State Rep. Courtney Allen Curtis, D-Ferguson, says the Missouri House’s intern program should be suspended until the culture gets better. His suggestion, along with others, are outlined in a letter to House Speaker Todd Richardson, R-Popular Bluff, in response to the Associated Press reporting six harassment complaints at the Capitol since 2015. When asked how to measure culture change if interns are not working there, Curtis tells Missourinet he wants to create a shock to the system.
“It would force us to have a real conversation about what we’re here for and how we should act and behave,” says Curtis. “In doing so, I think that would really provide a more serious mindset for everyone and make them wake up and realize that we’re here to do serious business.”
In 2015, former House Speaker John Diehl, R-Town & Country, and Sen. Paul Levota, D-Independence, resigned for claims by interns of inappropriate behavior.
“The culture, at least now, people are still a little bit more reserved in their actions, which is a good thing, which allows them to focus more on their work. But we still haven’t stopped the investigations. So that means all of the behavior hasn’t changed,” says Curtis.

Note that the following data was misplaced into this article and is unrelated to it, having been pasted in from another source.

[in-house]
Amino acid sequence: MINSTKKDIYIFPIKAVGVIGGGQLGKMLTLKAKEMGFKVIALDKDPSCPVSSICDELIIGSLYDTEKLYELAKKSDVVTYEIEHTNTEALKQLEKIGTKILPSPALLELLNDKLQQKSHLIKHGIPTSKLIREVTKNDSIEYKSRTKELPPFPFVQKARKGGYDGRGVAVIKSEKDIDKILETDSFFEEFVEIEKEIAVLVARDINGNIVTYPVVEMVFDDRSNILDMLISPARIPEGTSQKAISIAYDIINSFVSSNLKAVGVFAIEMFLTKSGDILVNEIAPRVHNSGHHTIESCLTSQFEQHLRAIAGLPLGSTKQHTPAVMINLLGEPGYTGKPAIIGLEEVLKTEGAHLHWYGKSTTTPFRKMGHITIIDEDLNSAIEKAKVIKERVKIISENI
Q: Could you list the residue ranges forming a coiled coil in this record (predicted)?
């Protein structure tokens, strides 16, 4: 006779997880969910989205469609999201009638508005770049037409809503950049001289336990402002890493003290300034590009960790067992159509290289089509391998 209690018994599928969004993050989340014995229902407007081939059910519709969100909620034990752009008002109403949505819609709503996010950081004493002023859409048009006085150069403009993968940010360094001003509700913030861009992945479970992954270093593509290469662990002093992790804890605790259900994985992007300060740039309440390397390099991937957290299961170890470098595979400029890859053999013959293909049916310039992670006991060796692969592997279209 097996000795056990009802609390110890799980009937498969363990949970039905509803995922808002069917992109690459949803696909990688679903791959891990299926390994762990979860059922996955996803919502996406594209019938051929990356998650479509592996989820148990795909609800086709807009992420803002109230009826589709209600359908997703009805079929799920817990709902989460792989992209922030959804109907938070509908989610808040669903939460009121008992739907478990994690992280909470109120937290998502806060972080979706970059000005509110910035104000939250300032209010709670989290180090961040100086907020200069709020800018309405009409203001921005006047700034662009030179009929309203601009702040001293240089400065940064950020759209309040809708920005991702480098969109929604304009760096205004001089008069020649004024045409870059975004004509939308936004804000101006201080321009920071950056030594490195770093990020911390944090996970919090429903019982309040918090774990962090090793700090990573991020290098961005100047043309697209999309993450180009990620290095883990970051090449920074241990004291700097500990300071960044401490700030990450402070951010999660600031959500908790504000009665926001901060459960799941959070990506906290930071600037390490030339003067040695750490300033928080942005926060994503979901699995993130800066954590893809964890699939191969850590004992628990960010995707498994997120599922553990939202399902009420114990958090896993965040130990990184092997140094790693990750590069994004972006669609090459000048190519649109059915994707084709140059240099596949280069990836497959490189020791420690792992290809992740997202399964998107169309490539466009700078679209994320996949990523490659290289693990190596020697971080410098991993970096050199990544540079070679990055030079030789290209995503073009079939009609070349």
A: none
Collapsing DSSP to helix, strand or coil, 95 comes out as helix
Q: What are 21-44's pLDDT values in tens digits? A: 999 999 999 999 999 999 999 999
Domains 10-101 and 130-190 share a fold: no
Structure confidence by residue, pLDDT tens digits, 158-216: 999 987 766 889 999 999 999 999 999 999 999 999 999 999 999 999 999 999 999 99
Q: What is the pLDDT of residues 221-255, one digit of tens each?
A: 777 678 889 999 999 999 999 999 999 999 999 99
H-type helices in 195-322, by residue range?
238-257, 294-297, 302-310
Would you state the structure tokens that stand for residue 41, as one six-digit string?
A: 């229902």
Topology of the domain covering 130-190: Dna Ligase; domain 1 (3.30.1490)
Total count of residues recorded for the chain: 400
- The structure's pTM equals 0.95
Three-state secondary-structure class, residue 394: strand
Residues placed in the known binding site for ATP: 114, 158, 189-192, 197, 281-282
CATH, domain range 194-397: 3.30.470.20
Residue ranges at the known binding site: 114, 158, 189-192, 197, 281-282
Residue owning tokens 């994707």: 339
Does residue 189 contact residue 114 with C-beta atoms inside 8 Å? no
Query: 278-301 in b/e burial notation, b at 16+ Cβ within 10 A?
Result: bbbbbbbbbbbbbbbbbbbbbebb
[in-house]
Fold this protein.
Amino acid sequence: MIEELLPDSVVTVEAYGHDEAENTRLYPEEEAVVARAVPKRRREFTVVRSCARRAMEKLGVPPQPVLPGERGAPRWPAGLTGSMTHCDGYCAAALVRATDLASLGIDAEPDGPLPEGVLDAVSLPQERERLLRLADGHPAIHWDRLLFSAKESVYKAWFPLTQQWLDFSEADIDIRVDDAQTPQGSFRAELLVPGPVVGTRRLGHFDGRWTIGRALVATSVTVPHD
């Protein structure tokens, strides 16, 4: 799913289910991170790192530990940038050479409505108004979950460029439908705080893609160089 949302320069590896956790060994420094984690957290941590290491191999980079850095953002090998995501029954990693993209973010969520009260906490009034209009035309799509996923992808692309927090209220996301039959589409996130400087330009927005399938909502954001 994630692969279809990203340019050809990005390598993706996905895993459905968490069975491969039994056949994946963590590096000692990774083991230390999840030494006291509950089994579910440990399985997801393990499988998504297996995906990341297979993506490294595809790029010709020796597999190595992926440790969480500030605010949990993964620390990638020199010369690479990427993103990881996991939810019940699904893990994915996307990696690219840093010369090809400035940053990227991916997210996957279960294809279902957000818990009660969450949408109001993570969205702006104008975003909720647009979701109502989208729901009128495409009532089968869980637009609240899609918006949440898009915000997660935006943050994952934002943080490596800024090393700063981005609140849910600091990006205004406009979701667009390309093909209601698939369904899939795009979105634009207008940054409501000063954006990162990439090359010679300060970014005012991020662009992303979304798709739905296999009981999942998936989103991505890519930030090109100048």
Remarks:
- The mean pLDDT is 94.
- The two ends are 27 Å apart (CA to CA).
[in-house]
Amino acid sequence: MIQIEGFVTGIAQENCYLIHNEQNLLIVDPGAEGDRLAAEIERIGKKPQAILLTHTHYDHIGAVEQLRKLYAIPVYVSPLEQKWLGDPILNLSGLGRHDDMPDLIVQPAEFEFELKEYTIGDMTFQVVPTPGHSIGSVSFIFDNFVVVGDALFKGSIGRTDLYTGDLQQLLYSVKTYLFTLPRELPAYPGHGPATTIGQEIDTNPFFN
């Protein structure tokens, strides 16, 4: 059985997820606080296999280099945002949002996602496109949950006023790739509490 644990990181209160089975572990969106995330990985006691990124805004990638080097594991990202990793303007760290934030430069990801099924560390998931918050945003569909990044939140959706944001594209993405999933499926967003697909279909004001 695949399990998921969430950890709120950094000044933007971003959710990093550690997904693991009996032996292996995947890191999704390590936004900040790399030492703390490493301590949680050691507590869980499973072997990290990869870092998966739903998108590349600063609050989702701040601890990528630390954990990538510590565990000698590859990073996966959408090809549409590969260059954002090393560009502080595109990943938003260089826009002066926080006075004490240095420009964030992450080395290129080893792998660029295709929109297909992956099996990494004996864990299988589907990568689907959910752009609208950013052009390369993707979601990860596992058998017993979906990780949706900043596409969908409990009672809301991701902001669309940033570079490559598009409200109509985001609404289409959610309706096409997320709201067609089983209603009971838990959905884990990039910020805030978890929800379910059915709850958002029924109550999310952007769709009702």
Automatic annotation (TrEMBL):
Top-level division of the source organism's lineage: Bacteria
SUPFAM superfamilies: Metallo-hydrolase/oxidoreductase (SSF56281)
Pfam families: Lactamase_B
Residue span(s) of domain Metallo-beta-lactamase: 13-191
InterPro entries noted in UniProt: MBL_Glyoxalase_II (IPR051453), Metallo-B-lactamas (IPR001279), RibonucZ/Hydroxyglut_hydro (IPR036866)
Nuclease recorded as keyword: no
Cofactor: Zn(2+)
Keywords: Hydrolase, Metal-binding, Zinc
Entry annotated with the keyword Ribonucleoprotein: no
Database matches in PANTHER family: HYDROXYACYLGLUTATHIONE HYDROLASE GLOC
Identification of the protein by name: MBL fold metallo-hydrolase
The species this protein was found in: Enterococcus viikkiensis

Other suggestions in his letter include requiring members to take monthly training aimed at preventing sexual harassment, the creation of a 24-hour hotline to field harassment complaints, limits on the time of day interns can work and making Representatives accused of such claims liable for any investigative costs.
One criticism of the recommendation is that suspending the program would add to the workload of lawmakers and their staff. Another is that training won’t stop harassment.
“We owe it to Missourians and to the body that we serve to try. We prevent them (interns) from being harmed,” he says. “They could still intern in other levels of government where they haven’t had the documented issues that we’ve had.”
Curtis says he has not received a response from Richardson about his requests.